BRITAIN'S car dealers suffered a disastrous month in February but will be hoping for a bumper March with the arrival of the new 21 registration plate.
February is always a quiet month for new car sales but, with showrooms closed, last month was the worst February for new car sales in more than 60 years with just over 51,300 new cars registered. Only February 1959 was worse when 41,471 new models were registered.
With 28,282fewer units registered compared with February 2020, the figure represented a drop of 35.5 per cent according to figures published by the Society of Motor Manufacturers and Traders (SMMT).
Demand plummeted in both the private and fleet sectors and all vehicle segments saw declines save for luxury saloons, which recorded a 3.8 per centincrease against a statistically very small proportion of the market.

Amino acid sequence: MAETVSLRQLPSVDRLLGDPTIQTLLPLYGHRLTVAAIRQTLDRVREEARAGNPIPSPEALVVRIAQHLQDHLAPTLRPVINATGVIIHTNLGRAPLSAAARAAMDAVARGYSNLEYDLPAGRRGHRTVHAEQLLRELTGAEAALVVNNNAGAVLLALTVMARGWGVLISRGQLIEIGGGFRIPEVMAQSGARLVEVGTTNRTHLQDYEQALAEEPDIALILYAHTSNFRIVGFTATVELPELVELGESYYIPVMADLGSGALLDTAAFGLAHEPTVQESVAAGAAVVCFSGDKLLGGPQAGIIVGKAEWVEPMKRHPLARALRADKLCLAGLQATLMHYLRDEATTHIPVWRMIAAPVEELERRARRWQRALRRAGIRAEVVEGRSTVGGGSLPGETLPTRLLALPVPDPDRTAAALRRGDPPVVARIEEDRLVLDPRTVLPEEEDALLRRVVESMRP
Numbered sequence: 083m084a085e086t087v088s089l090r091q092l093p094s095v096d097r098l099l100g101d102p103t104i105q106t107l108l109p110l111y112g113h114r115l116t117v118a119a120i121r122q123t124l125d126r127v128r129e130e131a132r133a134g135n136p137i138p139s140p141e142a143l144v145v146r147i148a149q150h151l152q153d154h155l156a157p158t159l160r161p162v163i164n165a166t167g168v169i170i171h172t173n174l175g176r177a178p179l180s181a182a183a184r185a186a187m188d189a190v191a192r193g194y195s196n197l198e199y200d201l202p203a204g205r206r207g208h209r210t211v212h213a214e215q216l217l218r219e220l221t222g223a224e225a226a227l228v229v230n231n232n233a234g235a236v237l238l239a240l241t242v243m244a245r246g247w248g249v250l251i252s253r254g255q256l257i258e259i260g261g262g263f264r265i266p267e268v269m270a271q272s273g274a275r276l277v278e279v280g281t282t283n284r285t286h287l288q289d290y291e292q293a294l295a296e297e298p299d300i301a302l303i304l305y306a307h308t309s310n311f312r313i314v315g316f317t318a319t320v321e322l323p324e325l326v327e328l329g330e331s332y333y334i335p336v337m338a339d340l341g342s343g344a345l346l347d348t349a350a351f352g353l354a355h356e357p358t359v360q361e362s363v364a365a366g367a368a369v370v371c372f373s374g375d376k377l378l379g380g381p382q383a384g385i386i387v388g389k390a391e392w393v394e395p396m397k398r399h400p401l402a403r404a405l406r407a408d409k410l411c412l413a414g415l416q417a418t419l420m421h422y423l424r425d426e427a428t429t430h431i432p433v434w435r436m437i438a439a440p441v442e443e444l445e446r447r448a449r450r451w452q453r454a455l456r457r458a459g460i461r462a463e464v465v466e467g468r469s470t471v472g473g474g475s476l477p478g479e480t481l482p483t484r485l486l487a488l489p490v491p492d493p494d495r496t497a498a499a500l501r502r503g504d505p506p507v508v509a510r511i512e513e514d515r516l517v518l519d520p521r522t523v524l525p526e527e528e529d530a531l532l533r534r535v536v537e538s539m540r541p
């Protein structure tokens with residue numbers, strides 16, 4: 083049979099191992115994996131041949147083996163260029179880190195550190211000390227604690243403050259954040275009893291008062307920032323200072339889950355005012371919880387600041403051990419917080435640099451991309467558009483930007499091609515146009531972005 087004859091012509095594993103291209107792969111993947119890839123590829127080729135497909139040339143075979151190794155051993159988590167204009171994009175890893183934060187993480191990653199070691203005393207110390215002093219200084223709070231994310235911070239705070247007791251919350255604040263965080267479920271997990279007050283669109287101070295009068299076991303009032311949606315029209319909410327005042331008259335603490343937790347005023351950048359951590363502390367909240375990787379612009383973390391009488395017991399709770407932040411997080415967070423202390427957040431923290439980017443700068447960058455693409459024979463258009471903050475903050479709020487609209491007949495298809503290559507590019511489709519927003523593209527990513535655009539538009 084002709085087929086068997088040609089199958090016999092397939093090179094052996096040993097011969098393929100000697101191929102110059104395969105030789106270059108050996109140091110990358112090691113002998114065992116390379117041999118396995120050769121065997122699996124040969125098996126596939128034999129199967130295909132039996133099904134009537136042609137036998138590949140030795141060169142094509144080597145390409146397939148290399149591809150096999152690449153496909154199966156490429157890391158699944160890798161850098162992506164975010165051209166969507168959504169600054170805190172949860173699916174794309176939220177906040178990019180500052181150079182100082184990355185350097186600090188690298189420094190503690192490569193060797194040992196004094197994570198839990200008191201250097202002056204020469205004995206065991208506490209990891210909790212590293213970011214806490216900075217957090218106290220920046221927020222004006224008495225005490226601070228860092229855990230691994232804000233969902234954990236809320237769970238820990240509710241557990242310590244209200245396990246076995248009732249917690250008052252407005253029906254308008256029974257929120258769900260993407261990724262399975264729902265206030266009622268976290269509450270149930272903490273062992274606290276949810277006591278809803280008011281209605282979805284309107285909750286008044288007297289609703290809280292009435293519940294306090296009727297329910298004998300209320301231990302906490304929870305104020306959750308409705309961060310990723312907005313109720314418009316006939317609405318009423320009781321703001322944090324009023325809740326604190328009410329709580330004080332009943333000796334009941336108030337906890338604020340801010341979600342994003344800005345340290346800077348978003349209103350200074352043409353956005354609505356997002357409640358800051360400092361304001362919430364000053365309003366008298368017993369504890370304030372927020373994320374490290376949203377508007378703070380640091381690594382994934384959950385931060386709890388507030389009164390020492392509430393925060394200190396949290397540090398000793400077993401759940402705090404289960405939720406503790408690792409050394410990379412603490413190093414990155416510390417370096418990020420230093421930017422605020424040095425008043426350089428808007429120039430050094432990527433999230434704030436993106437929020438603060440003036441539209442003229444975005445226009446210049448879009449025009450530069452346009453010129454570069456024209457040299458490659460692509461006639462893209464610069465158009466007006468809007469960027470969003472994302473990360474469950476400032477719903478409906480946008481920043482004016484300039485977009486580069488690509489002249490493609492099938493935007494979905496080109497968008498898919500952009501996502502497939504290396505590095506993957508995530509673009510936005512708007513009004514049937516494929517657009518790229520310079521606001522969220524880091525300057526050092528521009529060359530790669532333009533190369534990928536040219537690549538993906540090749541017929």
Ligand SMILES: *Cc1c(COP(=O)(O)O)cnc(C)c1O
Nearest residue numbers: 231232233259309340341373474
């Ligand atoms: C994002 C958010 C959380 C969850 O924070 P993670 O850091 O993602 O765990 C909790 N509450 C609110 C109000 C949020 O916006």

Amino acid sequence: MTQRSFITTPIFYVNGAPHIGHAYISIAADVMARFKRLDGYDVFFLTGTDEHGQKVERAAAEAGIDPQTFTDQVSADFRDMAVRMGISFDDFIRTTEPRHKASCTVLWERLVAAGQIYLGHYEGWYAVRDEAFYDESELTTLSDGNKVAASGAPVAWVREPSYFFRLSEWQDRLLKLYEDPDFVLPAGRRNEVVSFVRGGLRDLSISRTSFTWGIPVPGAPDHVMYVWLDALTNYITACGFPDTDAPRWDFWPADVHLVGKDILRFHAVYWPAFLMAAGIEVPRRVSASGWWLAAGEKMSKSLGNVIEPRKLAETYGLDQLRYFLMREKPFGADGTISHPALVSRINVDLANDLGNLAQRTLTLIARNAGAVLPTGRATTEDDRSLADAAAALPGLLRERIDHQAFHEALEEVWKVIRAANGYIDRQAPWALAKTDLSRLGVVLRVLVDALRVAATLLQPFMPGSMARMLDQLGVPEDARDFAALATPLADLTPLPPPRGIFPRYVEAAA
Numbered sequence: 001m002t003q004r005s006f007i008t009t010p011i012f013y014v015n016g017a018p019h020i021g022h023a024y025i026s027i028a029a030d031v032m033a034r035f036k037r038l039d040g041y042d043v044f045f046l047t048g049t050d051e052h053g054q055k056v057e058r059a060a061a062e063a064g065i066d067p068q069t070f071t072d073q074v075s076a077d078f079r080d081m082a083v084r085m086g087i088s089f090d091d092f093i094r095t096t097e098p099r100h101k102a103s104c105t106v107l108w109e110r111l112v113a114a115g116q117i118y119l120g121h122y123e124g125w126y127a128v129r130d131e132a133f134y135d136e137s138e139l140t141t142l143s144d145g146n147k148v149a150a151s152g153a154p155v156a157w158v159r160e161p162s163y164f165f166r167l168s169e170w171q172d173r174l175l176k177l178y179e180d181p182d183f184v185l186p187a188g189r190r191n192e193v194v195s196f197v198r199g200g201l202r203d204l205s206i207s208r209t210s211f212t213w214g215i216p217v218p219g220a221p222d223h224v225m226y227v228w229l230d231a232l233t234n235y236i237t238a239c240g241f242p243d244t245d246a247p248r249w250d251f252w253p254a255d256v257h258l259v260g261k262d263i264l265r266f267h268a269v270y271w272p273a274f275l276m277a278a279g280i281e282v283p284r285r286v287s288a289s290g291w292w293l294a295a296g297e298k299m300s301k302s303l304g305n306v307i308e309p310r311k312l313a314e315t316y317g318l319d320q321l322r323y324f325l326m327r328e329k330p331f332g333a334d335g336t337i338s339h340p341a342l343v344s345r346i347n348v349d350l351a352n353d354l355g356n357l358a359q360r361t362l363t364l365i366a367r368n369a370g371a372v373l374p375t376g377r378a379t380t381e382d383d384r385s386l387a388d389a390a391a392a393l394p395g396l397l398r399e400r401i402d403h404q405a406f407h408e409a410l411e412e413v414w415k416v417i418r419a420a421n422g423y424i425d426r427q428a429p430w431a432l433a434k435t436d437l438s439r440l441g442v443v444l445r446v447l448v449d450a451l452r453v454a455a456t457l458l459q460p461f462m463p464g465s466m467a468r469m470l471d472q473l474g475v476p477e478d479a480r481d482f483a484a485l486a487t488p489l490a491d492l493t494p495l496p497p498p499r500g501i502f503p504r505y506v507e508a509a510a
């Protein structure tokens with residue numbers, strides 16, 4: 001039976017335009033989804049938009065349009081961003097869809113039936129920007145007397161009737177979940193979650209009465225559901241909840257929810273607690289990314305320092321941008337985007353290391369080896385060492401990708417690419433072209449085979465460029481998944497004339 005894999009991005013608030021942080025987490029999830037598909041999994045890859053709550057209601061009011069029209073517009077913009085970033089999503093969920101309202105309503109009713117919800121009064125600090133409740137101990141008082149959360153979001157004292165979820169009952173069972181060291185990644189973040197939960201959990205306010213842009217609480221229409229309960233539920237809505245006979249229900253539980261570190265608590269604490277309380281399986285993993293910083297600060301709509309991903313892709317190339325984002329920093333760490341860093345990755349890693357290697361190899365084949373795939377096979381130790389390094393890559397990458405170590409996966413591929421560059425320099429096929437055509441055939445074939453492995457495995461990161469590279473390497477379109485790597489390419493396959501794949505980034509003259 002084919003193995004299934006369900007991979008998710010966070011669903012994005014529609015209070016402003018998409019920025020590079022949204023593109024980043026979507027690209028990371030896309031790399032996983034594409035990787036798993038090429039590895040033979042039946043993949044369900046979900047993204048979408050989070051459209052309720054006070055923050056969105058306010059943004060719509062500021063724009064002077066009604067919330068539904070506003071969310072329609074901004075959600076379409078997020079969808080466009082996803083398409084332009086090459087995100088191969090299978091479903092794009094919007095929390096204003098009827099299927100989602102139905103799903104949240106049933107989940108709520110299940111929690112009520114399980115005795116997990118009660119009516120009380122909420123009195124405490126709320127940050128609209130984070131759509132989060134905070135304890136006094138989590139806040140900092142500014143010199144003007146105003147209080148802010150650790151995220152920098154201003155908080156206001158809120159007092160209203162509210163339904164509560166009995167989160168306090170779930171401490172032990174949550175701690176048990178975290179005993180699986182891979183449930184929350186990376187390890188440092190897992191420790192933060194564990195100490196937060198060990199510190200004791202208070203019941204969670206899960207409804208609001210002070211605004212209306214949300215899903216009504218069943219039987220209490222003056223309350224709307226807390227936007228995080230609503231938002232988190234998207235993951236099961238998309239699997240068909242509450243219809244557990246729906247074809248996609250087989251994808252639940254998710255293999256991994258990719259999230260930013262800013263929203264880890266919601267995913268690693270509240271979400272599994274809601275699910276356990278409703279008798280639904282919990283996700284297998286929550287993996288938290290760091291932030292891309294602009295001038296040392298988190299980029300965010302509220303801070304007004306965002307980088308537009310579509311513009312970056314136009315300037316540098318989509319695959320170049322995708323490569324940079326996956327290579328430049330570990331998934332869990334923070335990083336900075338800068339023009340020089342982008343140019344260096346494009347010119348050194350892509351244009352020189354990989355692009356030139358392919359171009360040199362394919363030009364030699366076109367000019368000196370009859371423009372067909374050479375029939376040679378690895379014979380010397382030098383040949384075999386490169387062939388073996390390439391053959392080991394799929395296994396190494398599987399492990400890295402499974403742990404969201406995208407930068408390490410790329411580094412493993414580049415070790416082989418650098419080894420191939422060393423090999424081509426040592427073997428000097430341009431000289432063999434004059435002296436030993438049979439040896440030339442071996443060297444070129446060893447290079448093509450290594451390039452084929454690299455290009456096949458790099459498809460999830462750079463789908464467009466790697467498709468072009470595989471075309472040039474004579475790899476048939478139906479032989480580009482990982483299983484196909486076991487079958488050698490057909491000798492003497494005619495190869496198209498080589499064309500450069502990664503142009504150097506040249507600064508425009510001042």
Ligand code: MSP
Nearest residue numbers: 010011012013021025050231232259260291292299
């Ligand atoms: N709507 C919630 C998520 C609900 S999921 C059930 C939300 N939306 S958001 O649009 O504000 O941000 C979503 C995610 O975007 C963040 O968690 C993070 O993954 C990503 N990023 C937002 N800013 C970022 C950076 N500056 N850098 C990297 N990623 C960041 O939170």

In spite of the overall drop in sales, take up of electrified vehicles continued to grow, with battery electric and plug-in hybrid models taking a combined 13 per cent share of themarket compared with just 5.7 per cent in February last year.
Top selling car in February was the Ford Fiesta ahead of the Vauxhall Corsa and Nissan Qashqai. So far this year, however, the recently launched new Corsa has outstripped the Fiesta in the sales charts.
According to the SMMT, while online orders and click and collect can provide a lifeline, showroom closures mean dealerships will find it significantly more challenging to fill order banks with £23 billion worth of fewer registrations since March 2020.
Says the organisation's chief executive Mike Hawes: "February is traditionally a small month for car registrationsandwith showrooms closed for the duration, thedecline is deeply disappointing but expected.
"More concerning, however, is that these closureshave stifled dealers' preparations for March with the expectation that this will now be a thirdsuccessive dismal ‘new plate month'. Although we have a pathway out of restrictions with rapid vaccine rollout,and proven experience in operating click and collect, it is essential that showrooms reopen as soon as possible so the industry canstartto build backbetter andrecover the £23 billion lossfromthe past year."